For now I will turn to Dummett's group 25 (p. 85). These are the "Rothschild" cards, or more specifically, what he calls the Rothschild-Bassano cards. He finds stylistic similarities with the "Charles VI": the same "incisiveness" and figures that leap out of their frames. I can't argue with that, although there are also differences, the Rothschild Emperor lacks the three-dimensionality of the Charles VI's, a characteristic that started being added to art in Florence with Massaccio in the late 1420s (see my post at viewtopic.php?f=11&t=1005&hilit=Christi ... =10#p14991). I would argue with the dating of "late 15th century"; but that is an area where art historians' expertise is crucial, and earlier datings weren't proposed until 1992 (Bellosi).

Another new point is the Florentine fleur-de-lys on the coin, therefore a Florentine florin, in the Rothschild Emperor's hands, as Ross pointed out at viewtopic.php?f=11&t=788&p=11585&hilit=Catania#p11585 (pointed out earlier by Christina Fiorini, 2005see my quotation at viewtopic.php?f=11&t=1005#p14974; Ross says in that thread that Thierry Depaulis also noted it around the same time).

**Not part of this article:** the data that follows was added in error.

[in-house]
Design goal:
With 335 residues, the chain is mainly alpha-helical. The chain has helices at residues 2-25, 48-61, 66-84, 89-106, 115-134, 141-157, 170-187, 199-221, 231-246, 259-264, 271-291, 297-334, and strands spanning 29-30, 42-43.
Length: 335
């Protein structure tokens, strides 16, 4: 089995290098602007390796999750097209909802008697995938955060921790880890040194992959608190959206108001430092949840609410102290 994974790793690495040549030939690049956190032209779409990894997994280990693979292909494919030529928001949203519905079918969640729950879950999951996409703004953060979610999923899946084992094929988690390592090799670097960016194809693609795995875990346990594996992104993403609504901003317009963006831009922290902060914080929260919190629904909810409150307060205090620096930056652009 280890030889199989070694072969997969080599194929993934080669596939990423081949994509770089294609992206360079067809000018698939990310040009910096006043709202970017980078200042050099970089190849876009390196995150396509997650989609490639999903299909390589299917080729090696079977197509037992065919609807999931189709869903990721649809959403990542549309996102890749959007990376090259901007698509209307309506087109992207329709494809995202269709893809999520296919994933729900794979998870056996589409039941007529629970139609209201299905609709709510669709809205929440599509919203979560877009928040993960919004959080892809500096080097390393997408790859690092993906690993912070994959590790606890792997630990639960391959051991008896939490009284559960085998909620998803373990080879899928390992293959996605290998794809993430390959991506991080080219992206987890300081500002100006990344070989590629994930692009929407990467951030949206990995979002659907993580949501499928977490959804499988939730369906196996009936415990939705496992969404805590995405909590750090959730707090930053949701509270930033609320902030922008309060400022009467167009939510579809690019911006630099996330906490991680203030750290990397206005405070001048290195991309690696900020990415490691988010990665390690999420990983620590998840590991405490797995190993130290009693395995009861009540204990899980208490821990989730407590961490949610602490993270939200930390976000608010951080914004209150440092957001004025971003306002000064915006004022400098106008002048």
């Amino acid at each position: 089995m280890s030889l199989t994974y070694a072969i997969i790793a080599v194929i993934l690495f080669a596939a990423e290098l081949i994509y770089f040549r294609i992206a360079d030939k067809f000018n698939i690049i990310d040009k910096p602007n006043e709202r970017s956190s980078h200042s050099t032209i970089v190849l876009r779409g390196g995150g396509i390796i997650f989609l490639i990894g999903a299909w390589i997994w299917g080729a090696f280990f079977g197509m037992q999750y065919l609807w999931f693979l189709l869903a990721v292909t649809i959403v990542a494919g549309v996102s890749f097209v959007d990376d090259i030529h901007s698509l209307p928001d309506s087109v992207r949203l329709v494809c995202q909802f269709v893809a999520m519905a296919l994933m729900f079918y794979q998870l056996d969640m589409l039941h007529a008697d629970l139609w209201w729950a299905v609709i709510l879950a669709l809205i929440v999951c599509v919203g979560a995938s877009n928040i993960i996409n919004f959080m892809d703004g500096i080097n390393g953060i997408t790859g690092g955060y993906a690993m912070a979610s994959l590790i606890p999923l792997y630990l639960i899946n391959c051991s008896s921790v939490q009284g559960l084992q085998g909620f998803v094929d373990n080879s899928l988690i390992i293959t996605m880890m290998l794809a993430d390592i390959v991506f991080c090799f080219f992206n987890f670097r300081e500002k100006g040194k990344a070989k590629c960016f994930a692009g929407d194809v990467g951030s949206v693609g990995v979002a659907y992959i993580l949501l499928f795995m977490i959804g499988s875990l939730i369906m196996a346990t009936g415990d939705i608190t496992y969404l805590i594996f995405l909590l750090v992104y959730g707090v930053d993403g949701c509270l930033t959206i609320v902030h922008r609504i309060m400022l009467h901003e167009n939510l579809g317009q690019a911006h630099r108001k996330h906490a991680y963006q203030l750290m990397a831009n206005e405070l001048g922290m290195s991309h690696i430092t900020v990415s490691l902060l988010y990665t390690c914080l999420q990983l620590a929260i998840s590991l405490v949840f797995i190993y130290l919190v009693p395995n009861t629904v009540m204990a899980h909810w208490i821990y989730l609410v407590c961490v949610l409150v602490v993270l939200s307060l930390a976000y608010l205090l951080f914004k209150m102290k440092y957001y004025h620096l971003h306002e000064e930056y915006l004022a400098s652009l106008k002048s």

So it appears that the Rothschild cards were made for someone in Florence. Detailed comparison of the cards with Florentine art suggests that in fact it probably was made in Florence, sometime from 1423 on. It may not be a tarot deck, as opposed to the game of Emperors, since the Emperor is the only triumph. If so, it is likely that all the cards in groups 23-25 are Florentine.

Added to that discovery, there are also Franco's more recent discoveries about Florence, notably of a purchase in 1453 of a tarot deck by a notary for his own use. The game had reached the middle class. And then there are exports to Rome in the 1460s. But many of the arguments in favor of Florence (and possibly, without the "papi", Bologna) are already in Dummett 1993, Chapters 9 and 10; he just doesn't let them introduce any uncertainties into the position he had articulated, on dubious grounds, in Chapter Three.

I hope the above has been helpful in explaining why the groups of hand-painted decks that Dummett in 1993 was called Ferrarese are now called Florentine, and how Dummett in the later chapters of his book anticipated much of the thinking behind that shift. Now I can summarise Dummett's final two groups of cards in Chapter Three.